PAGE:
Create your own Alexa with ESP32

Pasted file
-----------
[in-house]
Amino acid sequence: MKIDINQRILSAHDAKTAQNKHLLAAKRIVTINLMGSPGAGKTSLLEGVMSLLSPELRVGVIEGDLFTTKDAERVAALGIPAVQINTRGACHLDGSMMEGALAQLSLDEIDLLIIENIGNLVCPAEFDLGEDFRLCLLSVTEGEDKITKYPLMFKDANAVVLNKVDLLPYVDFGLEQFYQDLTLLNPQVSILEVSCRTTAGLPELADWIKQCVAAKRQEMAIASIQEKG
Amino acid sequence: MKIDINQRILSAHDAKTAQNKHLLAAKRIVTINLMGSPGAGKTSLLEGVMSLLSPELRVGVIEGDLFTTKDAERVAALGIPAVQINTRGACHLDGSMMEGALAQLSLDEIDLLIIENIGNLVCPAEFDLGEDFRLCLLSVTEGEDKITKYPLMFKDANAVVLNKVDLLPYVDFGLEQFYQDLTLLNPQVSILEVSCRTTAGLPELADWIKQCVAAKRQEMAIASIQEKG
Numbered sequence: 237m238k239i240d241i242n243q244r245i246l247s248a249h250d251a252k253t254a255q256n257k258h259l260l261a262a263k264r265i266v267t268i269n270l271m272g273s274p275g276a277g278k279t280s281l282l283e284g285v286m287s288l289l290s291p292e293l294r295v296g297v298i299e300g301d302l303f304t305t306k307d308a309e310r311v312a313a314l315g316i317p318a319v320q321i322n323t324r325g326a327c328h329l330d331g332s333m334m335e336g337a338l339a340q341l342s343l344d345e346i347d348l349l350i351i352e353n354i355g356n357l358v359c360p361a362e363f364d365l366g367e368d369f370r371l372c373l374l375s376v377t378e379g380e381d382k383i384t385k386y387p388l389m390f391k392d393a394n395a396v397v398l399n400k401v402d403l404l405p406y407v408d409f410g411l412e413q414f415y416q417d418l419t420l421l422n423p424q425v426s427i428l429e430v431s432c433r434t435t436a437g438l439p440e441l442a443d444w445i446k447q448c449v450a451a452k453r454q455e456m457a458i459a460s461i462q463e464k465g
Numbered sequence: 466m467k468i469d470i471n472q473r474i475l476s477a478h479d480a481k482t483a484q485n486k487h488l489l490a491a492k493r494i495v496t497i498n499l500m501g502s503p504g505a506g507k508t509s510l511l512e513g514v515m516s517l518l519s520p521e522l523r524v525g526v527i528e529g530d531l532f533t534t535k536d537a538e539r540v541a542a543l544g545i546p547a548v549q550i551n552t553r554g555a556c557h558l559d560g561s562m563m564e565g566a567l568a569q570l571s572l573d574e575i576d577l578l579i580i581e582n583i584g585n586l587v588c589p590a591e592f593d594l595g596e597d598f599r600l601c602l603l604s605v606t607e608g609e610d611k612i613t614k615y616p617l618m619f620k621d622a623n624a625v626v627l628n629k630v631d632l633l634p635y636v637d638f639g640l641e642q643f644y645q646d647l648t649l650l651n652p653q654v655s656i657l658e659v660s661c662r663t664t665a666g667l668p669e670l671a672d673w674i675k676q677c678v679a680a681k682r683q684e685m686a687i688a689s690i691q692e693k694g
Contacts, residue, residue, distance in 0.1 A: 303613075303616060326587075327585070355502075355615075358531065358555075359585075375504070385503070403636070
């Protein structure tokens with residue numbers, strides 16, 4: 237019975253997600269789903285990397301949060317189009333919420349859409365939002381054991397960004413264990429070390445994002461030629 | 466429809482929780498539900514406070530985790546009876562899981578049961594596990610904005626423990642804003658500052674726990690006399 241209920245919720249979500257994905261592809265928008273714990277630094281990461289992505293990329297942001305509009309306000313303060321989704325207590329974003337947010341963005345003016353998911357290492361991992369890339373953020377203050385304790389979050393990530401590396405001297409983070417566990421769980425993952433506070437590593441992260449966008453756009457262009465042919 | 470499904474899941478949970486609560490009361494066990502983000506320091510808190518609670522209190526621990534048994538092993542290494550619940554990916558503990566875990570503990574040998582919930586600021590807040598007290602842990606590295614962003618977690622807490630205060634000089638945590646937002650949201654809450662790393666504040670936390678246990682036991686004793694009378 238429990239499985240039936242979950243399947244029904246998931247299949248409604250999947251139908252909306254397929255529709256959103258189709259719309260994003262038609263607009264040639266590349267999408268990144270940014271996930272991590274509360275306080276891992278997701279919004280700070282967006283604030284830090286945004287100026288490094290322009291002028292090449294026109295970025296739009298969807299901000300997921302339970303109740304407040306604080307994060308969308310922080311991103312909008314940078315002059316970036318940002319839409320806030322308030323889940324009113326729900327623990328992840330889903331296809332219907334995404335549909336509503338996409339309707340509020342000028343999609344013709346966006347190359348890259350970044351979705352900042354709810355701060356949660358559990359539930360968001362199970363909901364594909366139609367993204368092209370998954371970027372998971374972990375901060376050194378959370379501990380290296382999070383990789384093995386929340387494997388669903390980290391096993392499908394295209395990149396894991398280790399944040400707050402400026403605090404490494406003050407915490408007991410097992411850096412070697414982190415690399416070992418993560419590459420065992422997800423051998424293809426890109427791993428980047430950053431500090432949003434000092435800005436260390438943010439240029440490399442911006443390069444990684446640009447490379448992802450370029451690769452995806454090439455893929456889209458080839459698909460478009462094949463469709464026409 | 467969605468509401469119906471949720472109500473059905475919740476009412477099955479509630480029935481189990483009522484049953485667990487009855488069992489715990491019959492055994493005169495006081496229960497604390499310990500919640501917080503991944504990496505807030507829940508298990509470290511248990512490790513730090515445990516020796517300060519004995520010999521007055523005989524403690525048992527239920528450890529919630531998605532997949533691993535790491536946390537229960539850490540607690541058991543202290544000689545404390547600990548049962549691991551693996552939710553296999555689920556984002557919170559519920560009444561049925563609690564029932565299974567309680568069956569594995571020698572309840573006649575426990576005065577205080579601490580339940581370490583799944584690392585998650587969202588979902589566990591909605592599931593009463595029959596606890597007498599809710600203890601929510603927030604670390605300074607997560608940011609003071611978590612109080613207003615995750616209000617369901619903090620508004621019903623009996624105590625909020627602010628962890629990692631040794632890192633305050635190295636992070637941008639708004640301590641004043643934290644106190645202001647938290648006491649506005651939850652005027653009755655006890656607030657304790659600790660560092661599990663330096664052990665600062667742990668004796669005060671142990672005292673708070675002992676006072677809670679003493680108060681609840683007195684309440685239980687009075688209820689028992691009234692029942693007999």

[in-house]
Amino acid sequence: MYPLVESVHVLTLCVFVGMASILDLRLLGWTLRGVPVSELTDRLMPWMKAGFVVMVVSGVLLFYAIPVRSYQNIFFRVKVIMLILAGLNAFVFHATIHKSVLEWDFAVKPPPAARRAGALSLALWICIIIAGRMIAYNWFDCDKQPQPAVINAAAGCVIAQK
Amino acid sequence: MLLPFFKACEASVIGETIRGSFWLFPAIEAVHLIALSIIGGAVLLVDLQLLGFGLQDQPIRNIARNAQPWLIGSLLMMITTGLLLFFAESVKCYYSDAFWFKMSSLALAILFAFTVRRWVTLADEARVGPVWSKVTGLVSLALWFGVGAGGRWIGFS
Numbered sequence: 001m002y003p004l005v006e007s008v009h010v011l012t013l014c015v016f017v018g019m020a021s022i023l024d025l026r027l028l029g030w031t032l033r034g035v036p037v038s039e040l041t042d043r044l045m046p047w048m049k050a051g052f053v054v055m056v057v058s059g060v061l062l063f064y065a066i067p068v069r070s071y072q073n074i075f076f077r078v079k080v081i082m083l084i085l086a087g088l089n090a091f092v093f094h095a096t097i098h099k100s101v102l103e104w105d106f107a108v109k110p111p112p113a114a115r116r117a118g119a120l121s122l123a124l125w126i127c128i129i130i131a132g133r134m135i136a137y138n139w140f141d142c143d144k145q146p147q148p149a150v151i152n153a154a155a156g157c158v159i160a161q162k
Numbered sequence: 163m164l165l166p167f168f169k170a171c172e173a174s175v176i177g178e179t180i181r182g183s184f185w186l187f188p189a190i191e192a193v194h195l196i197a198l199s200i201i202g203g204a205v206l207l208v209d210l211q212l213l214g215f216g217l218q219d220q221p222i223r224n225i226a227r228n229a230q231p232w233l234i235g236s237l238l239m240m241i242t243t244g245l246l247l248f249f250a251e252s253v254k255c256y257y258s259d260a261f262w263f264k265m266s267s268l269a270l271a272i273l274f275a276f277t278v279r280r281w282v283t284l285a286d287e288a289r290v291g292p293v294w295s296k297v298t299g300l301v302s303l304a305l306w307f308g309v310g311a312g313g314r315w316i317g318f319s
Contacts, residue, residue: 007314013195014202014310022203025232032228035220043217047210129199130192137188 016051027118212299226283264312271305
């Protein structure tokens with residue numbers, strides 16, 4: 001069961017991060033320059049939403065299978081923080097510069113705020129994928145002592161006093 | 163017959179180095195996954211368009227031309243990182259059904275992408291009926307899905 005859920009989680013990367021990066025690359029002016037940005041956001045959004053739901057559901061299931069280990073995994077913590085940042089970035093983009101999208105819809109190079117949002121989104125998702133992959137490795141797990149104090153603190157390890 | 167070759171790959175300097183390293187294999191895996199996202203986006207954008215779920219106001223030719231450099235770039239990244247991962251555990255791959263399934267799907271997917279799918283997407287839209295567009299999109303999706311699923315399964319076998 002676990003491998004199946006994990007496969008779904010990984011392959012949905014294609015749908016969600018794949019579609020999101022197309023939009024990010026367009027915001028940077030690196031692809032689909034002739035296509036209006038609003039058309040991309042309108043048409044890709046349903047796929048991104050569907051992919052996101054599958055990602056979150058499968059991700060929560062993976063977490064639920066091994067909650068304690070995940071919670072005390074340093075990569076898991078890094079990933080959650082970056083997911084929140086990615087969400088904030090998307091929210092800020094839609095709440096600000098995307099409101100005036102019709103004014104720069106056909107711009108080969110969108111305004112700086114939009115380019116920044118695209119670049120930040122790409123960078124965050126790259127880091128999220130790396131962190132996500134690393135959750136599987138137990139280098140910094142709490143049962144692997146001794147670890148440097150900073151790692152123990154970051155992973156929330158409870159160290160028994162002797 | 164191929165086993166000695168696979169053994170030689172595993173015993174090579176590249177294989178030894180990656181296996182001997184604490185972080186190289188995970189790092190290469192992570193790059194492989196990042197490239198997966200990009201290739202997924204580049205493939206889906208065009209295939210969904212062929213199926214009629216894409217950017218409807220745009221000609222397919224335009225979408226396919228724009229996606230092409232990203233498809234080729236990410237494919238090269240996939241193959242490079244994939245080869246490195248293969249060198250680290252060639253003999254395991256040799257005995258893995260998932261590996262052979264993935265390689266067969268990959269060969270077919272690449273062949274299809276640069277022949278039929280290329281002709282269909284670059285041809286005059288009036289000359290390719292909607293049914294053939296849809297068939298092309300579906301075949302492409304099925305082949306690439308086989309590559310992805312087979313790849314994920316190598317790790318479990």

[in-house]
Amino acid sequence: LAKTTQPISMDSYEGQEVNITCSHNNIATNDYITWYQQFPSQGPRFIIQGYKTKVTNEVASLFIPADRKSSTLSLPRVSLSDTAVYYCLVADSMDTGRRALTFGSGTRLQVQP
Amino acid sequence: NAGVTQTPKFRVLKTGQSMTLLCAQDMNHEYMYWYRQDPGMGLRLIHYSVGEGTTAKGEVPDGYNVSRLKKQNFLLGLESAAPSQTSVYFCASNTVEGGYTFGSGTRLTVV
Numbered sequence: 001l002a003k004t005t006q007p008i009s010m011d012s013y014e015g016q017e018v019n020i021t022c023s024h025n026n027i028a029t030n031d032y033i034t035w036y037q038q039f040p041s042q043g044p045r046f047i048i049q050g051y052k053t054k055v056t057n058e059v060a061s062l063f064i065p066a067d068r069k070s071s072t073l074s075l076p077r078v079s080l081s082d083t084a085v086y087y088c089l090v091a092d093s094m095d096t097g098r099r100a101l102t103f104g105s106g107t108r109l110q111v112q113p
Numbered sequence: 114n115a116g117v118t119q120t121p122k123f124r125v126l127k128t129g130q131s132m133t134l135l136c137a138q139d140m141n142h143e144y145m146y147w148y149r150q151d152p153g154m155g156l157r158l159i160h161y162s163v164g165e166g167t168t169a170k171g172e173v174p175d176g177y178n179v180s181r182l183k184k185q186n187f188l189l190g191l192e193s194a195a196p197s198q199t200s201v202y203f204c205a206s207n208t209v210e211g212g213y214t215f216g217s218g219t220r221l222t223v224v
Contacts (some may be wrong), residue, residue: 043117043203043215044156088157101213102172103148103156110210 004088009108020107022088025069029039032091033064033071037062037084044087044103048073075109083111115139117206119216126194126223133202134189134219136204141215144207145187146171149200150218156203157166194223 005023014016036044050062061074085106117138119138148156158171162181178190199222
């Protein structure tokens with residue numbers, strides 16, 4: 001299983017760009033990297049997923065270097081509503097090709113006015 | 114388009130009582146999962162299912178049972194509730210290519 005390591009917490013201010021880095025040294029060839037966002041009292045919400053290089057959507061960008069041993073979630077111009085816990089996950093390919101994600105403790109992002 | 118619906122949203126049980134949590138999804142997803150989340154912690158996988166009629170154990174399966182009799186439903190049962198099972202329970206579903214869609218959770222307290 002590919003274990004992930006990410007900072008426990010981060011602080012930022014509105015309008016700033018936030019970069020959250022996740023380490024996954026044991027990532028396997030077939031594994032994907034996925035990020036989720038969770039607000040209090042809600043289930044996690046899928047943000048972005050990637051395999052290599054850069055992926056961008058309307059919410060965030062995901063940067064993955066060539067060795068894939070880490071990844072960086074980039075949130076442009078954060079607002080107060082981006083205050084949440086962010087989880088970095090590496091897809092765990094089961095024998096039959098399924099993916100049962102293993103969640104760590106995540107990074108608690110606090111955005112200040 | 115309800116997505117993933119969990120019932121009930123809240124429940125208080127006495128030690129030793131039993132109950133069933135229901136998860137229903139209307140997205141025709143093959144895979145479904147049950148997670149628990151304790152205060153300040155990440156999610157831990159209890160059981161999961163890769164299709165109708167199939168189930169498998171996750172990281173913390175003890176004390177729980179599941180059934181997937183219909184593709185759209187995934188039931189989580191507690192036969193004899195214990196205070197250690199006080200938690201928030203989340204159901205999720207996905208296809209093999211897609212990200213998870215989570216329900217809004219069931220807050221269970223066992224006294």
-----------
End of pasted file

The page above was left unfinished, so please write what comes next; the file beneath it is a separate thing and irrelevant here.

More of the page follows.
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Human-machine interface (HMI) technology has made great strides in the past ten to fifteen years: until the early 2000s, color screens and touch screens on embedded devices (first hand-held phones, then smartphones) certainly were. Not so- plus reasonably priced. With improved processing performance, reduced costs and the emergence of new communication technologies, devices have been created capable of translating what users want into an order. Until a few years back, devices being able to connect to the cloud and allow remote control of IoT devices through the use of voice commands (like Amazon’s Alexa) was just science fiction. So far, smart sensors and smart audio devices allow easy creation of devices for your voice-controlled personal assistant. This article will guide you through the best components for choosing to design your own unique version of Alexa: System Overview A digital voice assistant is an electronic device capable of performing the following steps: Capture voice messages and convert the voice message to Voice Stream processes the audio stream through algorithms complex, and interpreted as uniquely linking the command to the action of running a voice feedback message. Behind all this lies a whole gamut of hardware and software technologies. Figure 1 shows the voice assistant block diagram. Figure 1: Schematic diagram of the voice assistant (Source: author) As in any other communication channel, this channel also includes an origin signal, an acquisition and transmission system, an encoder, a processing system, a decoding system, and an emission system output signal. In the case of a voice assistance system, the source signal is an audio message, which is a mechanical wave formed by our vocal cords and propagating through the air (communication media) as vibration. The vibration is obtained by a microphone that acts as a signal transducer. Then, the signal is adapted and encoded to be processed. At this point, the encoded audio stream can be processed locally (via a microcontroller or microprocessor) or sent remotely for more efficient processing through voice recognition algorithms and artificial intelligence on the cloud. Thus, the processing output will be something that will be provided to the operating system. For audio feedback, the path is similar, but opposite: the stream is decoded and sent to an amplifier, which will reproduce the sound through the amplifier. System Components Designing a voice assistance system from scratch is a complex task. Until a few decades ago, this was only possible for teams of engineers with great skills in sound design. Nowadays, we are fortunate enough to be able to rely on a series of hardware and software components that definitely make the task much simpler. One of the most important parts of this project is the audio acquisition and reproduction sections, which require excellent knowledge of the application field, as well as analog electronics skills. To simplify the task, we can use digital transducers, which integrate the necessary analog components and transmit data that is already digitally encoded. For the input section, we can use INMP441 omnidirectional microphone, which uses MEMS (microelectromechanical systems) technology for transmission and implements I2S digital interface for data exchange. In this way, problems with signal adaptation are avoided, and the interface with the processing unit is not affected by noise. Moreover, the signal to be processed is already in a digital format. For the audio output stage, we can use the MAX98357A, which is a Class D 3W dual channel amplifier, also equipped with an I2S interface. Similar to the input stage, the hardware design is very simplified: the amplifier receives digital signals at the input via the I2S interface, decodes the sound samples and reproduces them as voltages on the L and R ends of the chip, which are simply connected to the speaker. At this point, the last device you’ll need to select is the microcontroller, which should be able to process (or send to the cloud) the audio stream coming from the microphone, and send the audio stream to be reproduced by the loudspeaker. The most suitable MCU for this purpose, of course, is the ESP32 module from Espressif (preferably the WROVER module, with 8 MB of RAM, up to 16 MB of flash memory). With high connectivity (BLE and WiFi) and high performance combined with a very low price, this unit is the right choice for smart home applications. It also features two independent I2S interfaces, which perfectly fit the purpose of this project. Figure 2 shows the three main components used in this project. Figure 2: MAX98357A (left), ESP32-WROVER (middle), INMP441 (right) (Source: Web) I2S communication bus The I2S interface protocol is a key point of the project, because it makes both hardware and software simple, which helps designers and developers ease From a whole series of problems related to analog acquisition and reproduction. I2S stands for Inter-IC Sound, an electrical standard for serial interfaces created to connect digital audio devices. It is used in audio applications to transfer PCM audio samples between integrated circuits, as in our case (MCU and microphone/loudspeaker). I2S was created in 1986 and is a product of Philips Semiconductor (now NXP Semiconductors). The I2S bus is synchronous, providing a different clock signal than the data line, and this allows for easier reception from asynchronous devices, as the communication system gets the clock directly from the data stream. It also provides up to two multiplexed channels on the same data line (Right channel and Left channel). I2S includes at least the following three lines: Clock Line (BCLK): Used to mark the bit time and allow synchronization between the Connected Devices word select line (WS) or Right Clock Line (LRCLK): Used for multiplexing the left channel (WS) Low and the channel Right (WS height). So it is presented as a square wave with a duty cycle at 50% data line: used for PCM sample transmission and multiplexing according to WS condition; The data is encoded in 2’s complement The clock switching frequency (fck) cannot be chosen arbitrarily, but is generated based on the sampling frequency of the input signal (fs), the number of channels (nch) and the number of single bits sampled (nbit), where fck is shifted fck = fs * nbit * nch For example, to say 2 8 kHz sampled data streams, where each sample contains 12 bits, we will need to set fck = 8000 * 12 * 2 = 192000 cycles / sec. Figure 3 shows an example of a timing diagram for bus lines. Figure 3: I2S bus timing diagram (source: hackaday.com) Electrical connections and software snippets Figure 4 shows the connections between the three major components of the system. It is really easy to understand the connections, it is enough to connect the clock signals, synchronize the words and the data line between the microphone / amplifier and the MCU. All analog conditioning, filtering, and amplification are integrated into the digital devices. Figure 4: Wired Digital Components Connection (Source: Author) Finally, Figure 5 shows the configuration of the structures for correct use of the I2S bus in the ESP-IDF environment of the ESP32. Configuration refers to sampling the input signal at 8 kHz, 16 bits per single channel sample, as input and output (where there is one microphone, there is a single channel output). Figure 5: An example of an I2S bus configuration (Source: author) Project One, a thousand possibilities This project is a starting point for any device that needs audio input, amplifier output, and a processing and communication system: a similar platform can be implemented in a large number of applications, such as assistants for smart homes , audio players, environmental alarm systems, baby monitors and many more. What kind of application are you going to use this platform for?